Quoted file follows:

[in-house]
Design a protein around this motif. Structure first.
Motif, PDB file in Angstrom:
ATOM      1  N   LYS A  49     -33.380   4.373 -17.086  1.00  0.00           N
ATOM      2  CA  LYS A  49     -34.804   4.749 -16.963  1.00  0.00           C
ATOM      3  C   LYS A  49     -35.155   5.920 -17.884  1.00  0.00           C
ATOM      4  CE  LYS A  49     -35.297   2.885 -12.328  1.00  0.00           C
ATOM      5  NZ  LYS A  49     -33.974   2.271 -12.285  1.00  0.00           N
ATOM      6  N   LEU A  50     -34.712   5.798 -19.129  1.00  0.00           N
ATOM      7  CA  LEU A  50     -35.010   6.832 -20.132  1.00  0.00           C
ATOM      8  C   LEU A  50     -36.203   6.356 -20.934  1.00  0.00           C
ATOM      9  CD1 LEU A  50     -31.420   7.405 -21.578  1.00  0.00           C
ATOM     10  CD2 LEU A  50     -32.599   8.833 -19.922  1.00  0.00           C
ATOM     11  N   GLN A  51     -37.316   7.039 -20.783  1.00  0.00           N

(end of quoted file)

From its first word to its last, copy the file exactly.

[in-house]
Design a protein around this motif. Structure first.
Motif, PDB file in Angstrom:
ATOM      1  N   LYS A  49     -33.380   4.373 -17.086  1.00  0.00           N
ATOM      2  CA  LYS A  49     -34.804   4.749 -16.963  1.00  0.00           C
ATOM      3  C   LYS A  49     -35.155   5.920 -17.884  1.00  0.00           C
ATOM      4  CE  LYS A  49     -35.297   2.885 -12.328  1.00  0.00           C
ATOM      5  NZ  LYS A  49     -33.974   2.271 -12.285  1.00  0.00           N
ATOM      6  N   LEU A  50     -34.712   5.798 -19.129  1.00  0.00           N
ATOM      7  CA  LEU A  50     -35.010   6.832 -20.132  1.00  0.00           C
ATOM      8  C   LEU A  50     -36.203   6.356 -20.934  1.00  0.00           C
ATOM      9  CD1 LEU A  50     -31.420   7.405 -21.578  1.00  0.00           C
ATOM     10  CD2 LEU A  50     -32.599   8.833 -19.922  1.00  0.00           C
ATOM     11  N   GLN A  51     -37.316   7.039 -20.783  1.00  0.00           N